My Tribute to “The Millionaire Next Door”

My Tribute to “The Millionaire Next Door”
My Tribute to “The Millionaire Next Door”

It’s with a heavy heart and gratitude that I write this post. The world lost an entrepreneurship champion on February 28, 2015 when Thomas J. Stanley, Marietta GA resident and author of the New York Times blockbuster bestseller, The Millionaire Next Door, passed away in a fatal car accident. He was 71 years old, the same age as my father. My Dad met him when he was a Georgia State University marketing professor and we both have been referencing his teachings and recommending his book in our seminars about business and franchise ownership for over 15 years.

Many of the values Stanley professed including frugality, practicality and conservatism mirror those taught in my own upbringing and are expressed in my personal franchise ownership experience and that of my family’s since 1982. While his work was not specifically about entrepreneurship through franchising, there is a timeless truism to be gleaned from his work that has proven true in my experience as a franchise owner and I believe of important value to anyone exploring business ownership as a career, investment, and lifestyle.

In his research, Stanley found that most American millionaires are self-made people; their wealth is not inherited. Also, he found overwhelmingly American wealth is achieved through business ownership. And...

“The real way people make money is hard work for 30 years, six days a week.”

What does this have to do with the franchise model of business ownership? A lot actually.

While franchising is responsible for approximately 40% of the service and retail dollars in our economy, only approximately 12% of service and retail units are franchised. That means most small businesses, past and present, are independent, mom-and-pop operations, of which only a small minority live to see their 10-year anniversary. In fact, according to the US Census Bureau for Small Business, a third of small business start-ups do not survive even two years. Those that do succeed often do so against the odds and through enormous toil, building every system in their business from scratch and surviving a string of mistakes (often expensive) along the way. Hence, Stanley’s reference to the 30-year runway to achieve wealth for most independent business owners.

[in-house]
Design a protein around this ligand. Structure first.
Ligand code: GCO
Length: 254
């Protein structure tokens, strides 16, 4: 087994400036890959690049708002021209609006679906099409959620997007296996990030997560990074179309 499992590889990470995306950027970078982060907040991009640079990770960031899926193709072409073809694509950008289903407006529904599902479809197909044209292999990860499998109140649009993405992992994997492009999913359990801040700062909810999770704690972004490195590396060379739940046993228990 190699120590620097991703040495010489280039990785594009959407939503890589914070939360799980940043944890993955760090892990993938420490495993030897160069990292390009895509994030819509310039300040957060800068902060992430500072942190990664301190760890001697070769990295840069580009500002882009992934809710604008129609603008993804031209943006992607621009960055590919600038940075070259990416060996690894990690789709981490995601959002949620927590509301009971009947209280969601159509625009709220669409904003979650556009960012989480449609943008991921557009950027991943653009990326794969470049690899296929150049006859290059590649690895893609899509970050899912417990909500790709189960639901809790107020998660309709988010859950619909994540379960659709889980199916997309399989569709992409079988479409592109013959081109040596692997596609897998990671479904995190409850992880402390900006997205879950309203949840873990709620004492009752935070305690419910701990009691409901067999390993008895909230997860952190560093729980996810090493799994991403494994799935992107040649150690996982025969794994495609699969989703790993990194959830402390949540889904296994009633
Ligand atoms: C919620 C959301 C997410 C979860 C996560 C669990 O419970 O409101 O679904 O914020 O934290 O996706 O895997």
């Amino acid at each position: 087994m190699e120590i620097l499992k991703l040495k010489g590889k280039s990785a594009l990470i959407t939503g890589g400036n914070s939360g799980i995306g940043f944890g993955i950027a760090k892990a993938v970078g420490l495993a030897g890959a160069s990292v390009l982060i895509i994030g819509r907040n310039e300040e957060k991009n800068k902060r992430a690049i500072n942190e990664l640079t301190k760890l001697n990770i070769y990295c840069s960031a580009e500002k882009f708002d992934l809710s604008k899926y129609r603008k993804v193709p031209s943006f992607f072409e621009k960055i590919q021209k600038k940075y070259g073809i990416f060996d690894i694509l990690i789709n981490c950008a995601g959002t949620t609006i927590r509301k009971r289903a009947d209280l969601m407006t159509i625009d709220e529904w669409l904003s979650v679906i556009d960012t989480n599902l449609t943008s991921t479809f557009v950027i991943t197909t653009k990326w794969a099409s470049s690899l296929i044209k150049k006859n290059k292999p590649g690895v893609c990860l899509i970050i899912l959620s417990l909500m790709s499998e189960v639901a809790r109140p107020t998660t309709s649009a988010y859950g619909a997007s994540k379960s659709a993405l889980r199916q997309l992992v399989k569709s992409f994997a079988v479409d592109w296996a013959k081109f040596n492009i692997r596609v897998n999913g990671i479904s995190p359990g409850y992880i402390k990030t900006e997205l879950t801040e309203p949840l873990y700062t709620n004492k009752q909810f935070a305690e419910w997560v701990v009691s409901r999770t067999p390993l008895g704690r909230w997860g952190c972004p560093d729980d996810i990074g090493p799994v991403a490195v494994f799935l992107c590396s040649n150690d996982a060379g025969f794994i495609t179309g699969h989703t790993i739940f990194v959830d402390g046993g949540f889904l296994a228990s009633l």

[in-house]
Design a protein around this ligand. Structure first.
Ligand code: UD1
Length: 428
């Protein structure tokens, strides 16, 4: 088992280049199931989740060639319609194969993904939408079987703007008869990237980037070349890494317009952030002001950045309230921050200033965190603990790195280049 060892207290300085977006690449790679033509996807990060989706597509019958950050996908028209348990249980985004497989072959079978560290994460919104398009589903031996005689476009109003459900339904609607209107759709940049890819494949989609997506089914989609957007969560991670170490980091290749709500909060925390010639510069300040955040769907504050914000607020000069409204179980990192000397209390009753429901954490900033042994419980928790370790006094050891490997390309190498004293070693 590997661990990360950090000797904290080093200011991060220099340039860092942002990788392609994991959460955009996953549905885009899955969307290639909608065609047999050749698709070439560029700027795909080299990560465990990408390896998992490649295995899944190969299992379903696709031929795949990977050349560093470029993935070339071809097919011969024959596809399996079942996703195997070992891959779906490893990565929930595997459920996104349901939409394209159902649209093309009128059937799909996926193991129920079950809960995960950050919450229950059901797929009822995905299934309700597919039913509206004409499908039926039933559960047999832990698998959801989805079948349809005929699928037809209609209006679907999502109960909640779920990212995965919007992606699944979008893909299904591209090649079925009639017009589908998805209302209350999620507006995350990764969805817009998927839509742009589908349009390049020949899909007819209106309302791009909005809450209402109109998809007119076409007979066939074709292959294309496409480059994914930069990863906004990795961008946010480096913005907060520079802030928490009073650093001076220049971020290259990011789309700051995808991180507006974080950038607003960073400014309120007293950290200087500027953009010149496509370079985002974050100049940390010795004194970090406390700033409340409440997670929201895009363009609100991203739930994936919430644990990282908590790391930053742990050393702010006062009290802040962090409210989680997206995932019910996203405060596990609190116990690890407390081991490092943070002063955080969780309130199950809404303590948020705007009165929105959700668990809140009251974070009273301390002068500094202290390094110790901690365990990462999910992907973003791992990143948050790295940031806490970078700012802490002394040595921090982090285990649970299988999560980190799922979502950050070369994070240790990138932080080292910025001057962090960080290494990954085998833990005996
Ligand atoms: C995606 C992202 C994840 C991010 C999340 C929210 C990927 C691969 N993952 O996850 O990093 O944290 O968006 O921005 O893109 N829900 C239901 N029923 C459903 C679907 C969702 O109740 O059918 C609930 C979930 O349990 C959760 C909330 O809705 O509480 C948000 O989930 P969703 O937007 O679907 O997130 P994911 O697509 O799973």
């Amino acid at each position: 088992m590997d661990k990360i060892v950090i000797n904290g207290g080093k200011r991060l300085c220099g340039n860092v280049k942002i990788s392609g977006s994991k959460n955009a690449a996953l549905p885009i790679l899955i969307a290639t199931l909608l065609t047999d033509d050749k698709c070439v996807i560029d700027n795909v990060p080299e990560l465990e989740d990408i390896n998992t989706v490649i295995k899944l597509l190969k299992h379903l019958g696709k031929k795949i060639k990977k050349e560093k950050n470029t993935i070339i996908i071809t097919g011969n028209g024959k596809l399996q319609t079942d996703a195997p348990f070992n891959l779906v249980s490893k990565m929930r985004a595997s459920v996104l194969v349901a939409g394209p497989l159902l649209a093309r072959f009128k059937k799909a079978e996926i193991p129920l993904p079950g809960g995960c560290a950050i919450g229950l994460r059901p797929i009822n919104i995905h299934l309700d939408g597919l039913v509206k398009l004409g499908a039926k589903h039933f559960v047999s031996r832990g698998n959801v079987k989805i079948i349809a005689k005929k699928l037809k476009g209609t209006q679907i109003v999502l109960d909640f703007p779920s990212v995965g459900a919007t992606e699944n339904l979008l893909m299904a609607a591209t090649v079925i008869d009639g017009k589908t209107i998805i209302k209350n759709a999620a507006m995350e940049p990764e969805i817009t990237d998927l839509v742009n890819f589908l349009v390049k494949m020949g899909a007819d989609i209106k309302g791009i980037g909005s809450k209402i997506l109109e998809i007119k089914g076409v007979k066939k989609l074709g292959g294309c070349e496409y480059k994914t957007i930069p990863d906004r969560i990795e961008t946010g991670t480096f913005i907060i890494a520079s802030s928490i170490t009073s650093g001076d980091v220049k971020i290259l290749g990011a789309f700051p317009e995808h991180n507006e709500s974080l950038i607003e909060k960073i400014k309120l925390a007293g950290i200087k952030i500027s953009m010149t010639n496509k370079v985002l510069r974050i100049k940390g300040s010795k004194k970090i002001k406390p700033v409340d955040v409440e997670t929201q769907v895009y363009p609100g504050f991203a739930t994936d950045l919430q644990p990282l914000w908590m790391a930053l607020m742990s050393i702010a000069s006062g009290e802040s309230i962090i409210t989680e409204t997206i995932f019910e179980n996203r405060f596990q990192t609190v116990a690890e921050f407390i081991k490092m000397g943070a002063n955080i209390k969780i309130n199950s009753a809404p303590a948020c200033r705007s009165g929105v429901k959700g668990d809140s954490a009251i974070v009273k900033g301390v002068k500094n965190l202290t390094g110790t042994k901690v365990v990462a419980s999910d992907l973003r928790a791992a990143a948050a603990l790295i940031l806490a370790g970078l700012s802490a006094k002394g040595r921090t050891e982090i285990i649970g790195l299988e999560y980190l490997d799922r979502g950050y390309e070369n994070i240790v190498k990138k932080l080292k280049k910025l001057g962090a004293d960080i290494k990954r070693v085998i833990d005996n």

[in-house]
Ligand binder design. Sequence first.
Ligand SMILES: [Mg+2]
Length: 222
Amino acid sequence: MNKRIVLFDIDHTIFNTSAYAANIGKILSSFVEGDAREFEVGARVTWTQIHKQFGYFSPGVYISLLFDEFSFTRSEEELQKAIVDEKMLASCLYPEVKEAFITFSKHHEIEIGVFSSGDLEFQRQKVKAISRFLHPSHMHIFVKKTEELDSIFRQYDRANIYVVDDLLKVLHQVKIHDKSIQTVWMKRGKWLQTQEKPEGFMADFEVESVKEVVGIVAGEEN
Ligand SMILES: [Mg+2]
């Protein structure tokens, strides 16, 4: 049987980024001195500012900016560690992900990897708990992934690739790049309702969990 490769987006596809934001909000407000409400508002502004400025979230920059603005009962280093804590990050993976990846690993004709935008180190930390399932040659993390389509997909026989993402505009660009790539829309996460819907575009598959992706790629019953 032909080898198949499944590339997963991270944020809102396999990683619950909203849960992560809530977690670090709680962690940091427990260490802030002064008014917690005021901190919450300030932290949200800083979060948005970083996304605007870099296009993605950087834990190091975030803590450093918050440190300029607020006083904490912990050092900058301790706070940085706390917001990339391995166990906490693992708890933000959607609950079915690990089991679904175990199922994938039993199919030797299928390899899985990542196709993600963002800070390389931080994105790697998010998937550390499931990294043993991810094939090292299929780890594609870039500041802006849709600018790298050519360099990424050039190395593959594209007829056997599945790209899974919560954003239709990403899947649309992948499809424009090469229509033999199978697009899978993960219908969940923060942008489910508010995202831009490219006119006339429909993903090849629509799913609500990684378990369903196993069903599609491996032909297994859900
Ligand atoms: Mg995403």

I don’t know about you, but I’m not that patient. Most people don’t want it to take 30 years to realize their goals and many don’t have 30 years to make it happen.

If you could invest $30,000 - $50,000 to establish a successful business with high equity value in 5-8 years while experiencing a shorter learning curve, faster runway to profitability at a lower personal risk…would you consider that a good deal? We do. That’s why my family has stuck with business ownership through franchising for three decades.

I’m referring to the one time up front franchise fee that franchisees pay to gain access to all the business systems a quality franchise company has developed over time through trial and error. While some resist the idea of paying for the privilege of furthering someone else’s businesses model, those who appreciate the cost of time, see it as a bargain.

There is a non-variable here; it’s hard work. Whether it’s working 6 days per week for 30 years to grow your own business invention from scratch or investing in a proven business model through franchising, you’ll work harder than you probably ever have before. But the difference can be the time it takes, the risk potential along the way and the end result.

What also strikes me in Stanley’s work are his lessons on the importance redefining our long held beliefs, such as passion and achievement. The business owners who make it often define success in terms of the pride they have in owning their own business, the freedom they have from being their own boss and not the size of their house of the make and model of their car. This is a pivotal shift in our thought processes and, in my opinion, a critical one.

We have lost a man of great wisdom and contribution, a man whose life’s work touched millions. He will be missed.

Thank you, Mr. Stanley.

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